As reproductive politics are once again consumed by an attack on Planned Parenthood, it is worth stepping back and asking why this organization is so particularly reviled by the anti-choice movement.
The only people profiting off the “sale” of fetal body parts are the members of the anti-choice movement, right-wing politicians, and the snake-oil salesmen and women otherwise known as GOP candidates for president.
The anti-choice argument for Texas’ omnibus law—that its regulations make the procedure safer—is an empirically false claim. Yet media outlets like NPR shy away from providing this basic fact when reporting on the court battles over this law.
A New York Times op-ed raises the question of how liberal an abortion law is if it requires women to justify their abortions. Most abortion restrictions in the United States and Europe are based on the idea that some women are more deserving than others.
The GOP-majority Wisconsin State Senate on Tuesday passed a bill to ban abortion at 20 weeks post-fertilization, a measure that Gov. Scott Walker has pledged he will sign if it gets to his desk.
While a new Associated Press report suggests the abortion rate is declining in almost all states, we still don’t know whether there’s been an increase in reproductive wellness. Focusing only on a lowered abortion rate as metric of health and well-being is both inaccurate and stigmatizing of abortion.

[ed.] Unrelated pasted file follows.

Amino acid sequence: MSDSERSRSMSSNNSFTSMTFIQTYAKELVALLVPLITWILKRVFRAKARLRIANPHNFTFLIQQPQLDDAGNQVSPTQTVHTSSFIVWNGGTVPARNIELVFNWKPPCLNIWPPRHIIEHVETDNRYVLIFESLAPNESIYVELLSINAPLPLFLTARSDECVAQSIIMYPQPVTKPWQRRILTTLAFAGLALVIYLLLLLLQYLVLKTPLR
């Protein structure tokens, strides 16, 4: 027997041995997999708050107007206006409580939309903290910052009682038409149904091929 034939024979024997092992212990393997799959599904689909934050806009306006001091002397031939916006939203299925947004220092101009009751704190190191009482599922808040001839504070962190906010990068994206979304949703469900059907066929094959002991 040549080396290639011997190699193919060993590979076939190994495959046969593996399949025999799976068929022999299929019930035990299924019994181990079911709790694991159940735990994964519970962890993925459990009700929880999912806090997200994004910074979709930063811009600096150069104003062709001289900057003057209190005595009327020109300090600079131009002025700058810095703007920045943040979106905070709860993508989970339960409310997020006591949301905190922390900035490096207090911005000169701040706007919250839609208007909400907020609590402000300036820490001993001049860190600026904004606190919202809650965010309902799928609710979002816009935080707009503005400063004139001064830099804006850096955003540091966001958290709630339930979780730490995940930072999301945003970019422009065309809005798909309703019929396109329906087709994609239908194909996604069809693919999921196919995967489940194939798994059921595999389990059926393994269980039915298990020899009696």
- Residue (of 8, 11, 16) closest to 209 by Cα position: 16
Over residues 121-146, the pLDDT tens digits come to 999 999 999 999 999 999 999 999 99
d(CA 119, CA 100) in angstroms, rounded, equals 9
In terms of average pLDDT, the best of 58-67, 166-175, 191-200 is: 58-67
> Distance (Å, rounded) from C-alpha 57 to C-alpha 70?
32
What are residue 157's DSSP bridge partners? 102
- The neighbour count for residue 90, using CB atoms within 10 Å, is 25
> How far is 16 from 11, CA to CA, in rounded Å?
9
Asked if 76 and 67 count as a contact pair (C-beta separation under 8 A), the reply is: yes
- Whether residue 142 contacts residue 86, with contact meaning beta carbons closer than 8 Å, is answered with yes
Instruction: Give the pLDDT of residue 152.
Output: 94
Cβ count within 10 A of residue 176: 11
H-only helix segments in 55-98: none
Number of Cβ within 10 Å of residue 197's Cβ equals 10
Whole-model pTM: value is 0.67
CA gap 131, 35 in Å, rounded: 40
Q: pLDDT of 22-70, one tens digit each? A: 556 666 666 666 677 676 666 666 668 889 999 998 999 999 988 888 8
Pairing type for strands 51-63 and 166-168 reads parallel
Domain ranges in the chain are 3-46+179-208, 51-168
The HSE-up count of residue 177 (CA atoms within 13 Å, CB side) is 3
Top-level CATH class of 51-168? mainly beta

On Wednesday morning, Texas abortion providers took one step closer to taking their case against the state’s omnibus anti-abortion law, HB 2, to the Supreme Court.
The decision to uphold the ambulatory surgical center provisions of HB 2 seems designed to bait the Roberts Court to take on another major abortion case.
This month brings two anniversaries of note to those of us who are interested in the role that doctors can play in the struggle for social justice: May 21, when pro-slavery “ruffians” invaded Lawrence, Kansas in 1856, and May 31, when George Tiller was murdered by an anti-abortion terrorist in 2009.
The Alabama house passed legislation Tuesday that would prohibit clinics offering abortion care from being located near schools, charging that children should be protected from anti-choice protests.